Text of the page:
On the four sides of the Arc de Triomphe in Paris, serried tablets display the names of 660 honored commanders of the Revolutionary and Napoleonic Wars. Most are those of generals and marshals of the French Army - but 26 of them are those of admirals, commanders of the fleets of Republican and Napoleonic France.
In Napoleon's Admirals, Richard Humble presents not only their individual stories, but an entirely new appraisal of the Anglo-French naval war of 1793-1814: the longest sea war in modern history.
Many myths are exploded in this book. The aristocratic officers of the French Navy did not emigrate en masse when the Revolution came, leaving the Navy leaderless and doomed to repeated defeats at sea. These former King's officers stayed, and loyally tried to serve their country as the Revolution pursued its wasteful and unpredictable course. Three of them paid for their loyalty under the guillotine.
Contrary to popular British belief, the naval war did not end with Nelson's victory at Trafalgar in October 1805. Thanks to an energetic warship-building program, the French Navy recovered quickly from Trafalgar, and Napoleon's conquests created an ever-widening network of new French naval bases for the British Admiralty to cover.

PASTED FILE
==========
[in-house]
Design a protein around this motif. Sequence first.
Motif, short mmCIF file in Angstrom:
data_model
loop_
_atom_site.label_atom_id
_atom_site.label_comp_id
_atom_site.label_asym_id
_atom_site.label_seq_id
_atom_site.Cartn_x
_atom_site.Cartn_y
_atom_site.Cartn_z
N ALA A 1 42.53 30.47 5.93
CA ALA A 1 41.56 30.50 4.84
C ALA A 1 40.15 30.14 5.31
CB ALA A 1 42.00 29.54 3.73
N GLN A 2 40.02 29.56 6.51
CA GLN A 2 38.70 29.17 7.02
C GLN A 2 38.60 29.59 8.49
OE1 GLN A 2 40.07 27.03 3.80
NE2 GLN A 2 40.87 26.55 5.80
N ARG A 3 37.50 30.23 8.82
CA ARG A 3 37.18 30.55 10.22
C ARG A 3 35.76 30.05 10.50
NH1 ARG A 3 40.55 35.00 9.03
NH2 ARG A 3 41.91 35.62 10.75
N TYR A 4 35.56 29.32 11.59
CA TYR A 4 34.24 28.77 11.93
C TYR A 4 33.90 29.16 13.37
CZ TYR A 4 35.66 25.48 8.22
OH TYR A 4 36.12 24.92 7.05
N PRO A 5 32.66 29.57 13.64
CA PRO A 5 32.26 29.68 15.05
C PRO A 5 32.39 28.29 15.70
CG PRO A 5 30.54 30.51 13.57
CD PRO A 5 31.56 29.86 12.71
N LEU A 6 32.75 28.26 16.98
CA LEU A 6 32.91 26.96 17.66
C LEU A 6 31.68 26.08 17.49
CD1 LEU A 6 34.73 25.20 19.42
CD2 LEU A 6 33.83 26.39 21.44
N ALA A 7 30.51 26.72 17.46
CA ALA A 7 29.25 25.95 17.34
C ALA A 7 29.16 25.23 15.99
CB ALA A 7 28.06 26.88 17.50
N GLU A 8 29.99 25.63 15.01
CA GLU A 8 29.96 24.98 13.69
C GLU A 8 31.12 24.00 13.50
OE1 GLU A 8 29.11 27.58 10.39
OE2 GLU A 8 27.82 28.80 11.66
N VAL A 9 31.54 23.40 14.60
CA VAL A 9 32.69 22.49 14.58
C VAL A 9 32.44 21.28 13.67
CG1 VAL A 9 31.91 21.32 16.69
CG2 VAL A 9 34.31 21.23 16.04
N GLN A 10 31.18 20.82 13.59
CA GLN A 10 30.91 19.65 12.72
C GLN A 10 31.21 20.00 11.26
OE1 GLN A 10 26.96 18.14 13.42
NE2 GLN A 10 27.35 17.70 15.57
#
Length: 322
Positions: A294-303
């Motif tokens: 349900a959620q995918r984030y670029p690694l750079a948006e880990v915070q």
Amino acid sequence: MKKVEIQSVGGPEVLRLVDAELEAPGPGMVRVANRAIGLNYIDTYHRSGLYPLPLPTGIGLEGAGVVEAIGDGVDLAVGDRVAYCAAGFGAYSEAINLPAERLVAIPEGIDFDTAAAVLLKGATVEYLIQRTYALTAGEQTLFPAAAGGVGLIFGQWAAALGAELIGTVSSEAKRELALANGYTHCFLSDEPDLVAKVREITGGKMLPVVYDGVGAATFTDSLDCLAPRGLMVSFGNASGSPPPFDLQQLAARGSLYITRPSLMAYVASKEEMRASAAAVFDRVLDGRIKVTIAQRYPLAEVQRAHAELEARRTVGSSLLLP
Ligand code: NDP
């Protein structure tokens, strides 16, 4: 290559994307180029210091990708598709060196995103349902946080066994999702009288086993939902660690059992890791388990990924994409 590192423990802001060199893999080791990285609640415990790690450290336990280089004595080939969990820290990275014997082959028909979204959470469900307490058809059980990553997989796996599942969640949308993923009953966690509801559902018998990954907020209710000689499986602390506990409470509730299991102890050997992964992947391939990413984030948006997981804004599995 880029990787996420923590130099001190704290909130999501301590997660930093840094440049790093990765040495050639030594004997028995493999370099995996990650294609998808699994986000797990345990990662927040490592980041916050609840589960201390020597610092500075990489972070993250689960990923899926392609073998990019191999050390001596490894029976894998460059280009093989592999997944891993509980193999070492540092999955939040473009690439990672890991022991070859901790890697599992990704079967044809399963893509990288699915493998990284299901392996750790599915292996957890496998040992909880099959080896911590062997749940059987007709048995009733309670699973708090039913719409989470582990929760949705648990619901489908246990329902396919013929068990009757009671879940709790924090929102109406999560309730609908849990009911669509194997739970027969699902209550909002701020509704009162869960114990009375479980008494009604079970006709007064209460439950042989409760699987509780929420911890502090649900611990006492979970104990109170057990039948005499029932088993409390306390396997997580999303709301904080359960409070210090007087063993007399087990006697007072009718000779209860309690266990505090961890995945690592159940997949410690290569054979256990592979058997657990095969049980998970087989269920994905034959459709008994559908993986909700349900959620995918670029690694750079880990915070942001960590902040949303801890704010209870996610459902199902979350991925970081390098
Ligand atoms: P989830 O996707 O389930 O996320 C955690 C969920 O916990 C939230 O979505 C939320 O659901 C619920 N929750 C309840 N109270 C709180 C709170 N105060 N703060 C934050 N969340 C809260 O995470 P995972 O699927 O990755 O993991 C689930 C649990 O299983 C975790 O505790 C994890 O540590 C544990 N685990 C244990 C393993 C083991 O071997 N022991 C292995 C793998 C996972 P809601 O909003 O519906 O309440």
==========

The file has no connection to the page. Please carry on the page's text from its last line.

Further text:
Collingwood, Nelson's deputy at Trafalgar, was still commanding in the Mediterranean four years later. The Admiralty had not dared to recall him and he died at sea, utterly exhausted, in March 1810. Four months later the French inflicted the greatest humiliation suffered by the Royal Navy in the entire naval war: the annihilation of an entire British frigate squadron in the Battle of Grand-Port, Mauritius, in August 1810.
Of the 26 'Admirals of the Arc, ' 23 had learned their trade in the French royal and merchant navies of the ancien régime. Republican France could call on a wide range of seasoned combat veterans from the American Revolutionary War (1778-83), whose stories are a revelation in themselves.
In his account of the men who imposed such a strain in on the world's greatest Navy for 21 years, Richard Humble has provided a remarkable addition to the well-worn pages of conventional naval history.